SHERIDAN: I fell at Z'ha'dum, Delenn. I saw my own death and accepted it. I looked up and saw Anna - what was left of Anna - and at that moment, I said goodbye -- the goodbye I could never say before. I let it all go. I only held on to one thing: the image of your sweet face. If I never came back, well -- that was enough. But you gave me reason to come back. Could I love that much and not forgive? (Awww.)
SHERIDAN: I wasn't going to tell you at first. But when I heard what you asked Lorien, I thought -- well, you have a right to know.
DELENN: To know what?
LORIEN: He was gravely wounded at Z'ha'dum. He was dying. He was dead. I did all I could to help him, but I cannot create life. Only the universe can do that. I can extend -- enhance. There is no magic or spiritual about it. Only the application of energies -- healing and rebuilding cells.
SHERIDAN: I had Franklin do a complete med scan. He found -- things in my nervous system. Some kind of biochemical energy repairing and sustaining me. He's never seen anything like it.
LORIEN: I did the best I could. I gave him back a portion of his life, but -- only a portion.
DELENN: How long?
(Lorien and Sheridan exchange a look.)
LORIEN: In human terms, barring injury or illness, perhaps twenty years. But no more than that.
DELENN: Twenty years?
SHERIDAN: I'll be in my early sixties by then. It's a -- it's a good run, Delenn.
DELENN: (upset) You told me that humans live to be a hundred years old -- even older. You can't --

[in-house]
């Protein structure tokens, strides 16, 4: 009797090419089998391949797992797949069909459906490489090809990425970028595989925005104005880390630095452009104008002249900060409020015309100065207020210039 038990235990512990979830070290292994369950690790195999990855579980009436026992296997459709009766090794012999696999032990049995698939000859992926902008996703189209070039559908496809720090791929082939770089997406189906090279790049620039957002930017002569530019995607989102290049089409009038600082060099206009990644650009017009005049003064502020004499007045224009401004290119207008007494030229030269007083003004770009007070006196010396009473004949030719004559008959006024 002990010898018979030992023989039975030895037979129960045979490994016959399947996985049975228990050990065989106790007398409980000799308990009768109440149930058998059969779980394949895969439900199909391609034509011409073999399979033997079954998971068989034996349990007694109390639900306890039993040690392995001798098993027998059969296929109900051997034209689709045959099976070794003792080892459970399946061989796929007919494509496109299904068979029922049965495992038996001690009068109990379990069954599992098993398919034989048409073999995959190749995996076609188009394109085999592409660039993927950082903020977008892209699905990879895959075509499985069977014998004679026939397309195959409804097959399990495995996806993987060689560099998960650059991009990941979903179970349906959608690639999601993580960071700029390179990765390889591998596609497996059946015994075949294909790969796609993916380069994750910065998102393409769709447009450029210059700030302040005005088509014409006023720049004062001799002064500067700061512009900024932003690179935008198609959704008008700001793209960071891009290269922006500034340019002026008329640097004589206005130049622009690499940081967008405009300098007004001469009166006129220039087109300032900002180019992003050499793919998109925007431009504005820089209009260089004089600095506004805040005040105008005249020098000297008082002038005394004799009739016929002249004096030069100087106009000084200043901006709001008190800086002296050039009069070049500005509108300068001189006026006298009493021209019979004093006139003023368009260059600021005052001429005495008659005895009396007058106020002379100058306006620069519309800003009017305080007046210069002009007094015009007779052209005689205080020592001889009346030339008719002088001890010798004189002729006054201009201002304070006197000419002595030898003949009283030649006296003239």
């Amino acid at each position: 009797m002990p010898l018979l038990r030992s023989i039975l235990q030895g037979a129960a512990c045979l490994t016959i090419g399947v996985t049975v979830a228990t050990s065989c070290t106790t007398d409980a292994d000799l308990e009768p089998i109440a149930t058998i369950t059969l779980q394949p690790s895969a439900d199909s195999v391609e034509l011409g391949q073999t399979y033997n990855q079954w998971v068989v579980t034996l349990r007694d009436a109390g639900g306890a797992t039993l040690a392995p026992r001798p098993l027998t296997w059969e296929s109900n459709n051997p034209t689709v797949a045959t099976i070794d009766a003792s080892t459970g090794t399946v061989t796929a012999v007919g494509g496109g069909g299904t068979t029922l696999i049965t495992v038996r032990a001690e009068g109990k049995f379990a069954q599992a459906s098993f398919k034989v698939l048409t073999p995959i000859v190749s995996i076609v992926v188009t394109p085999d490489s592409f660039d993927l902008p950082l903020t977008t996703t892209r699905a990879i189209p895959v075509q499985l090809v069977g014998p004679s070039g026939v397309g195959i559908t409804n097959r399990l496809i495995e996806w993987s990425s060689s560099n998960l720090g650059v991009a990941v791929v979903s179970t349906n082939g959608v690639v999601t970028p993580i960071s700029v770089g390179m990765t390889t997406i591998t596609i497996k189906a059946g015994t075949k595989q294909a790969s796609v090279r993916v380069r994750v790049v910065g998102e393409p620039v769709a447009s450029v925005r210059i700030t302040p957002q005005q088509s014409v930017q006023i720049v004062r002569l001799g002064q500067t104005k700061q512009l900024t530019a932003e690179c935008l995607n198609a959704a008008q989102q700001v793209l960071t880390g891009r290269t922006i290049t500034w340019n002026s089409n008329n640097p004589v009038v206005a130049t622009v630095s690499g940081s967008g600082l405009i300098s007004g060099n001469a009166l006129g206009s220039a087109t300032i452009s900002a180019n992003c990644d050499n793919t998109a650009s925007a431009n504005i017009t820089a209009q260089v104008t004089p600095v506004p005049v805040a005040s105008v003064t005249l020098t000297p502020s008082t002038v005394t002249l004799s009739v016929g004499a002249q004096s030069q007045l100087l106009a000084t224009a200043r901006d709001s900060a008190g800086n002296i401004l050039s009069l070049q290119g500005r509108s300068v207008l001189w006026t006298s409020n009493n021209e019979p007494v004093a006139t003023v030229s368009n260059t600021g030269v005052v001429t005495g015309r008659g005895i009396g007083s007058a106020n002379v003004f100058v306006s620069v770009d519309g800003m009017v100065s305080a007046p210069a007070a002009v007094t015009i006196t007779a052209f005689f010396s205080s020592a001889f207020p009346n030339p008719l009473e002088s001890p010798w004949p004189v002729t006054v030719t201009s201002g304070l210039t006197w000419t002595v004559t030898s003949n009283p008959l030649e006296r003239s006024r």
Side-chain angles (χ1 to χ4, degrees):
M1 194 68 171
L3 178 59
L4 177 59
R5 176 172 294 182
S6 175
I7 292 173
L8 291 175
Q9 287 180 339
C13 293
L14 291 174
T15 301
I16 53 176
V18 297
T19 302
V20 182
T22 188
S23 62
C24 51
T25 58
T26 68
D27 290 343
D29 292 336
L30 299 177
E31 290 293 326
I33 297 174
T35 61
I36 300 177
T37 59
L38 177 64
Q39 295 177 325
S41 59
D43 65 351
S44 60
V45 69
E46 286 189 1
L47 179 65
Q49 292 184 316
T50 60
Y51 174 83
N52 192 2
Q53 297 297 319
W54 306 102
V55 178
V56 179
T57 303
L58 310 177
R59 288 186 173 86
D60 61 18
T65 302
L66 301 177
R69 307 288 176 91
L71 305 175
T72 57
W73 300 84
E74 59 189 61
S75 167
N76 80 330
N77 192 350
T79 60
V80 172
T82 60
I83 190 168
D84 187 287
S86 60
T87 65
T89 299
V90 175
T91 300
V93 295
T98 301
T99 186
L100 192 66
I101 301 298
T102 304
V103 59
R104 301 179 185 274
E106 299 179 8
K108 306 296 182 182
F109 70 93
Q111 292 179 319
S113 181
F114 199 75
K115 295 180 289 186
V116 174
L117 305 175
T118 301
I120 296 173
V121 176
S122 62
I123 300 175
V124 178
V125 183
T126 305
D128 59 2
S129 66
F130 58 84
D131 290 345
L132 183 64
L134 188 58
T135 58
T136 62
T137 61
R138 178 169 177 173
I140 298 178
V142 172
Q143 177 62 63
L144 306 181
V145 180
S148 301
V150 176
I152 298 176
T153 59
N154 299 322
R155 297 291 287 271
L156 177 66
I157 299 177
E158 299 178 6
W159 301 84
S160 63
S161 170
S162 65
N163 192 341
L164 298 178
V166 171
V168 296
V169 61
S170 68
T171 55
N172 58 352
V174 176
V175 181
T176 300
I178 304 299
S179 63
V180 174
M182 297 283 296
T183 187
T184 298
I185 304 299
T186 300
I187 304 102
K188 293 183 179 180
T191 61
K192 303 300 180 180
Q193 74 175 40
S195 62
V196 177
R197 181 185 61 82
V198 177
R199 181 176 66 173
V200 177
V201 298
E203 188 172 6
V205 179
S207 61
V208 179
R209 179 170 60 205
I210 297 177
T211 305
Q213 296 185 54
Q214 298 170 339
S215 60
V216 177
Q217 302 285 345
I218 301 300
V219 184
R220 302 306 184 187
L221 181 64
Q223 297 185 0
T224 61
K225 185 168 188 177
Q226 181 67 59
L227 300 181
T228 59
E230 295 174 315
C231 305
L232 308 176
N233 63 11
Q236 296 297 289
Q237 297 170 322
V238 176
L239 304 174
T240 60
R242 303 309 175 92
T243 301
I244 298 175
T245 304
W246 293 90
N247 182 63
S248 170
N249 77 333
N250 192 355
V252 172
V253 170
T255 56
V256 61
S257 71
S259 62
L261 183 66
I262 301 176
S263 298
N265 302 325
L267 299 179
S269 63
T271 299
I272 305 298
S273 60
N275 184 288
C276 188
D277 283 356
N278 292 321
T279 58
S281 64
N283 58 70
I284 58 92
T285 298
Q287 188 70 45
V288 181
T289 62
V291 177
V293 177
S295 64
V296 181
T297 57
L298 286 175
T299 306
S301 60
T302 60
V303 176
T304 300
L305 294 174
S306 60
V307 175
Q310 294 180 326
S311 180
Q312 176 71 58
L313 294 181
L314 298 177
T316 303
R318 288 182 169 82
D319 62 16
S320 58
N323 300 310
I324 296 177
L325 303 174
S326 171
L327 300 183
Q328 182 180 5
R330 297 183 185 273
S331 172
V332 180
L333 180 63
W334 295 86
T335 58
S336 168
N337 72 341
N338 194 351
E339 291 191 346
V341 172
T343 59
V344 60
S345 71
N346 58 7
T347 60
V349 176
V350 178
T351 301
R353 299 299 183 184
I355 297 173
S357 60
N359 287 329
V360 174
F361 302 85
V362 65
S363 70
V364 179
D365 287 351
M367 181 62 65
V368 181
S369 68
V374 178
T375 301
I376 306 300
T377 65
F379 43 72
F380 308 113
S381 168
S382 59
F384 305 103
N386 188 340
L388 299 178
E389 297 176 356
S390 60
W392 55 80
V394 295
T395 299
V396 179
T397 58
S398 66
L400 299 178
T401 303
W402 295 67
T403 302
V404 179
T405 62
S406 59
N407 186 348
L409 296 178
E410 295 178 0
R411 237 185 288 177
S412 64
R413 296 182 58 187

LORIEN: Twenty years. No more. And then, one day, he will simply -- stop. (Everything has its price.)
SHERIDAN: I'm okay with this.
DELENN: But I'm not okay with this. I told you that I was afraid I would get you back only to lose you-- and that's what this is. Twenty years?
SHERIDAN: Yeah, but it's a long time. It's twenty more years than I would've had. And-and at least -- at least I can spend the most of them with you. That's why I wanted to see you alone. I -- (He checks his pockets and finds nothing. Then he walks over to a chair and picks up a pillow.) There it is. I though I lost it. (He takes a deep breath.) I, uh -- I wanted you to have this. (He places a ring case in Delenn's open hand.) I got it down in the Zocalo. It's not exactly what I had in mind, but -- it's temporary until I can get you a real engagement ring. (Delenn looks confused.) Uh, it's an Earth custom. (He opens the case.) You see, you give someone you love an engagement ring as kind of a down payment for another ring. The kind that -- you exchange when you get married. (He puts the ring on Delenn's finger.) I don't know when we'll be able to get around to that part of it.; We may not survive the next two weeks. But I wanted you to have this and for you to know that whatever time I have left, I want to spend it with you. (Awwwwwwwwwwwww. The schoomp, it is thick. :))
CARTAGIA: (confidentially) I was just thinking: I don't like the way he's looking at me. (Cartagia and Londo both turn to look at G'Kar.) I'm trying to decide what to do about it. Would you care to make a suggestion?
LONDO: (wussing out) Ummmm -- oh, no, I'm sure what Your Majesty decides will be appropriate. I should go and pack. (And he leaves.)
CARTAGIA: No, I don't care at all for the way he looks at me. (Then an idea occurs to him, and he cheerily addresses the guards.) Pluck out his eye. (Oh, snap! Londo, you should've suggested something else.)